3. Hi guys! If you want to see the aurora then you should wait til late december or january…..more chance to see the lights at that time…..a lot colder but better weather!

      best regards from sweden

  2. A few years ago I decided enough was enough and planned to leave behind my office job and see the world, testing myself and my skills along the way. For one reason or another this never happened – instead I left my job and spent months alone, living wild on the west coast of Scotland – testing myself and my skills. (I’ve repeated the adventure again since).

    I do not regret the lack of exotic locations – in fact I would suggest the west coast is a pretty good place to test oneself (firelighting being a very good example), but the itch to explore further flung corners of our world is still there.

    As such, I’ve been putting together a very lightweight kit (which will have to include a laptop, for example, so I can continue to work on the road) and making Plans with a capital P. As yet I have told no one of these plans though. I would like to head to different environments – both rural and urban, mixing time in the wild with time amongst different cultures. All this is good for my work (principally writing) and, dare I say it, my soul.

    This article is (again) spot on – and comes at a perfect time, again – the last article I commented on was the Bloodvein gear list, when you mentioned contact lenses – which also came at a perfect time (and thanks for your reply – which was excellent, I hadn’t even thought about the contact lens solution bottles needed with longer term wear lenses). I’m beginning to think you may be reading my mind, Paul!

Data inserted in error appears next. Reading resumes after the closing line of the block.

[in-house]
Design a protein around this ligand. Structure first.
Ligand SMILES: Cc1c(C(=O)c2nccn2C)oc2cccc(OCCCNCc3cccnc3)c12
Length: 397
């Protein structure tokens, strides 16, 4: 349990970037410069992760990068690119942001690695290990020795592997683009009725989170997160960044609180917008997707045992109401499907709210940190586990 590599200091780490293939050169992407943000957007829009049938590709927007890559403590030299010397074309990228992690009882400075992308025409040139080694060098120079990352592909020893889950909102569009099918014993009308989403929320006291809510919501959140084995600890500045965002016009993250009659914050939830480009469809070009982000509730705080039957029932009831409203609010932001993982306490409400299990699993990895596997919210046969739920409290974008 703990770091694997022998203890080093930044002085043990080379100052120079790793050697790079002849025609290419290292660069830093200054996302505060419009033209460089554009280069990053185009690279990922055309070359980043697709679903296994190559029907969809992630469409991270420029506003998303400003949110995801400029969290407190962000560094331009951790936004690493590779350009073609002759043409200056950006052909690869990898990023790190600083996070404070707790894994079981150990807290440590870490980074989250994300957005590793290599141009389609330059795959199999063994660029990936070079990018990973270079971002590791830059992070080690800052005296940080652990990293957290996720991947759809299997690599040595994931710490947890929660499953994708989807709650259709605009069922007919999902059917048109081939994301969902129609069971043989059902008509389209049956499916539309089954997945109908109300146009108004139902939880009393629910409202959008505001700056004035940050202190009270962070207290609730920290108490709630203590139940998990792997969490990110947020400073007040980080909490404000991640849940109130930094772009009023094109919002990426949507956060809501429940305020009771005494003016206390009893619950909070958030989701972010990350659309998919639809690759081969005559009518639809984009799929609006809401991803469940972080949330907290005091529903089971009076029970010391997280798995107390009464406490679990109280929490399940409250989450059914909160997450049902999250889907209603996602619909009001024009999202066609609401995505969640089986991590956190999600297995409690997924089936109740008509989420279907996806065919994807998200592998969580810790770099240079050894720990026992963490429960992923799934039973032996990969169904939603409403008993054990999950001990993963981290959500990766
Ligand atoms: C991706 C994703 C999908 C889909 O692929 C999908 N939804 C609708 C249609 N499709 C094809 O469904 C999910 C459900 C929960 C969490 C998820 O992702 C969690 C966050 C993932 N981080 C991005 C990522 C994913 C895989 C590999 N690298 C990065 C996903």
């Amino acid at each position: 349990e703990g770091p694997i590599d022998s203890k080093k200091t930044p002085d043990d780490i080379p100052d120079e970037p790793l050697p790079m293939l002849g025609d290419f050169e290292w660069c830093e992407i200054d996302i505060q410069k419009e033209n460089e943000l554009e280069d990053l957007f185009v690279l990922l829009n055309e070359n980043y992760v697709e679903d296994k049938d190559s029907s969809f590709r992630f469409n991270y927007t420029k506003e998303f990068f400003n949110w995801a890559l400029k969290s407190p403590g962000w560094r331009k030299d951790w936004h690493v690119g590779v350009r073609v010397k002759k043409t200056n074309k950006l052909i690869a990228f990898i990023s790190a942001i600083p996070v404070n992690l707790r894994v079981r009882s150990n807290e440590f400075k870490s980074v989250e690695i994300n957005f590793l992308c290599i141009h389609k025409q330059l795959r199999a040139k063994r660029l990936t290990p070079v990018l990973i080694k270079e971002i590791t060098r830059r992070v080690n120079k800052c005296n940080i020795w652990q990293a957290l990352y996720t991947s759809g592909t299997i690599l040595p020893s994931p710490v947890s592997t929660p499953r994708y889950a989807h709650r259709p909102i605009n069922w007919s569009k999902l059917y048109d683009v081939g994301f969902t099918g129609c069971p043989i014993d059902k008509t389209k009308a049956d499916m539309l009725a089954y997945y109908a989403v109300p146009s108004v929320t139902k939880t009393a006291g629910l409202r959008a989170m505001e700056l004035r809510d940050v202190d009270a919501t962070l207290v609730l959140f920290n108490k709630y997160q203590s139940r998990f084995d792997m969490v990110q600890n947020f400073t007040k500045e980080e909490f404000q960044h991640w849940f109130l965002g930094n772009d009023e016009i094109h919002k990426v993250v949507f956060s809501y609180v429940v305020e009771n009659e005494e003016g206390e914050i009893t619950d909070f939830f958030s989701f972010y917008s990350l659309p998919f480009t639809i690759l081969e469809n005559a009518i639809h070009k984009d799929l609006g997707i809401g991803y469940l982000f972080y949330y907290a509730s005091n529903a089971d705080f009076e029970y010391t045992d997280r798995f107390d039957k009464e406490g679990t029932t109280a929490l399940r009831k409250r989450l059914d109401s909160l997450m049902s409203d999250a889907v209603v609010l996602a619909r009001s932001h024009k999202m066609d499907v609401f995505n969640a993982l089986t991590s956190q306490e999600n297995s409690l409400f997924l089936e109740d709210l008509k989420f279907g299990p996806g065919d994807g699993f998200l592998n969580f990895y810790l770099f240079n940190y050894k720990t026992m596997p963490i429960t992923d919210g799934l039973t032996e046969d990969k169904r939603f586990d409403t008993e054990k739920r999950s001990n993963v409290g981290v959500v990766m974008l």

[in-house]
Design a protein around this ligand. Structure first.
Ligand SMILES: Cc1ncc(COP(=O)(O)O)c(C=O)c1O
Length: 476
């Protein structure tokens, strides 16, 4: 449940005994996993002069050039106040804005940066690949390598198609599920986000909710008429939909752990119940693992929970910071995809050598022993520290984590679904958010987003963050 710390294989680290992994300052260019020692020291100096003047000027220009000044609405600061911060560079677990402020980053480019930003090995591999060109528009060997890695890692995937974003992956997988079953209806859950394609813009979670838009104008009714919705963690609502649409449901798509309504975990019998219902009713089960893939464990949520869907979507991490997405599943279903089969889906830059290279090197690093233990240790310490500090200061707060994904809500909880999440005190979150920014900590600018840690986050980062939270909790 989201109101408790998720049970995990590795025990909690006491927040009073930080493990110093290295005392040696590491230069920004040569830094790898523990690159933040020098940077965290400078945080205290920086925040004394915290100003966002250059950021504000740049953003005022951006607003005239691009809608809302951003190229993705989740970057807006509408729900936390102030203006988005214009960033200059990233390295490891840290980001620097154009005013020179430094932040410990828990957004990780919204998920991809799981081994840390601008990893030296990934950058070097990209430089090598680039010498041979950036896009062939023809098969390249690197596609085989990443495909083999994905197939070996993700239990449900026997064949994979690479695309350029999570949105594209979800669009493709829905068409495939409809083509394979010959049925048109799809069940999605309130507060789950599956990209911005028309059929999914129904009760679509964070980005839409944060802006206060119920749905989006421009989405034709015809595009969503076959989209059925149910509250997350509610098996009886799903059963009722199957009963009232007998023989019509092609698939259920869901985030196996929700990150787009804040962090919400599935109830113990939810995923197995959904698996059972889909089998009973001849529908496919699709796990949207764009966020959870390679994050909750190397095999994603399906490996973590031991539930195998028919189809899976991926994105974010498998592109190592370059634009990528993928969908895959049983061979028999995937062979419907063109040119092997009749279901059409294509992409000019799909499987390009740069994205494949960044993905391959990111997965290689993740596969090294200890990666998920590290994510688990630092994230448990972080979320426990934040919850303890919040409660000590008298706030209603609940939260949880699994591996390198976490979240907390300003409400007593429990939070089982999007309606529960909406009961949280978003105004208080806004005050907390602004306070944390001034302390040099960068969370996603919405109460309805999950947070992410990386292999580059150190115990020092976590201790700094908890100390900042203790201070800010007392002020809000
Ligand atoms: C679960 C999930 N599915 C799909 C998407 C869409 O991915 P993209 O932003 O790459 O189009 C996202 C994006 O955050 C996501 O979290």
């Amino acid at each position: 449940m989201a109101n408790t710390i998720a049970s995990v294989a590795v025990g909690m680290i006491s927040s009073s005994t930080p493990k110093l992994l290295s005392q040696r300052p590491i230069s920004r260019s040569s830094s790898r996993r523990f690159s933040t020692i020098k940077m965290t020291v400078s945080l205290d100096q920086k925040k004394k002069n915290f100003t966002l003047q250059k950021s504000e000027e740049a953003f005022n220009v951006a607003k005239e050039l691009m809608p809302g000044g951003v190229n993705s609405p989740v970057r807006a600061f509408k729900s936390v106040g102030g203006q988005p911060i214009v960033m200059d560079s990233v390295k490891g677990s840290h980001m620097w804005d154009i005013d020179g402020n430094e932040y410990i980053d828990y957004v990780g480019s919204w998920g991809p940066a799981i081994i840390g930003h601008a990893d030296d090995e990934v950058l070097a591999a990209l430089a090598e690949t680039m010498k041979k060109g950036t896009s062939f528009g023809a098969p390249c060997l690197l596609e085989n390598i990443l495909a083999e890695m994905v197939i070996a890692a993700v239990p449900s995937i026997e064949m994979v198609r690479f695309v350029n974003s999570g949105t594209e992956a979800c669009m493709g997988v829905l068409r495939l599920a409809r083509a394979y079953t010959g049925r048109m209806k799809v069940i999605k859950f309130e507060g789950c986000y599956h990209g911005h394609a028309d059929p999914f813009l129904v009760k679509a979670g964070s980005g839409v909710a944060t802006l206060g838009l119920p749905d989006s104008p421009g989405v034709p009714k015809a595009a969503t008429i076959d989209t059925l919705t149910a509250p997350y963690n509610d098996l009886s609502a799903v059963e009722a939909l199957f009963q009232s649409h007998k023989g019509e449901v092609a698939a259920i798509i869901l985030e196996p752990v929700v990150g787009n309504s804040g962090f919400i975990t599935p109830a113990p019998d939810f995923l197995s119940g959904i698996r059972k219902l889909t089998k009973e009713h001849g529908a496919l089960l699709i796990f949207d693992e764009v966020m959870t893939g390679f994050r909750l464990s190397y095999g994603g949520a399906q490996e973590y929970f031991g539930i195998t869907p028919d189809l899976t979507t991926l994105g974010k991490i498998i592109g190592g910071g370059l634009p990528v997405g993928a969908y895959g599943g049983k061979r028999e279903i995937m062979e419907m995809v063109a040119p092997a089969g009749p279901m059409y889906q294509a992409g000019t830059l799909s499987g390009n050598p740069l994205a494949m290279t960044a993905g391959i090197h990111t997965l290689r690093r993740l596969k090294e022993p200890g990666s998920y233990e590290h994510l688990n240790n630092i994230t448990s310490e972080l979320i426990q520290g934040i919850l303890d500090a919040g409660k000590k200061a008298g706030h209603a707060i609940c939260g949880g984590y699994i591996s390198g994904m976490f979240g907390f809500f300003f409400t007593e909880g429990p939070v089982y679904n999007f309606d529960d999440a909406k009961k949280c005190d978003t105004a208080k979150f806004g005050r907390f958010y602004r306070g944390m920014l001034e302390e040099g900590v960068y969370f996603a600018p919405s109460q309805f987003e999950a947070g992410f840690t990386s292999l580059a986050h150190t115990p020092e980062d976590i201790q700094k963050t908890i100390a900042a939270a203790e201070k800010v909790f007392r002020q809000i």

Many thanks for this article.


  3. Interesting article. Thanks Paul.
    Interesting , as Im doing the legwork at present in how to make a abroad trip feasible…so this is timely.

    My questions to you / and readers would be : any helpful tips would be appreciated.

    Colorado, USA; Sydney or any larger city, Australia- with aim to explore the wilderness, with city as base close by.
    : for a 4wd trip: are there any links for good/reliable4 wd hires
    link for maps and cabins/camping places- family friendly for kidz- any recommendations.

    Flam, Norway: .any ideas / recommendations on
    cost effective route from Uk, to here, ie once you fly in, what might be the best tried and tested hiking, basic routes / accomodation at around summer time( family friendly for kidz) ( any links would be helpful)

    1. Paul … Since I live in Finland, I can relate to a whole bunch of things written out in very simple English! Out here in the wilderness, the smallest of actions take on a heightened significance! Thank you for your excellent work!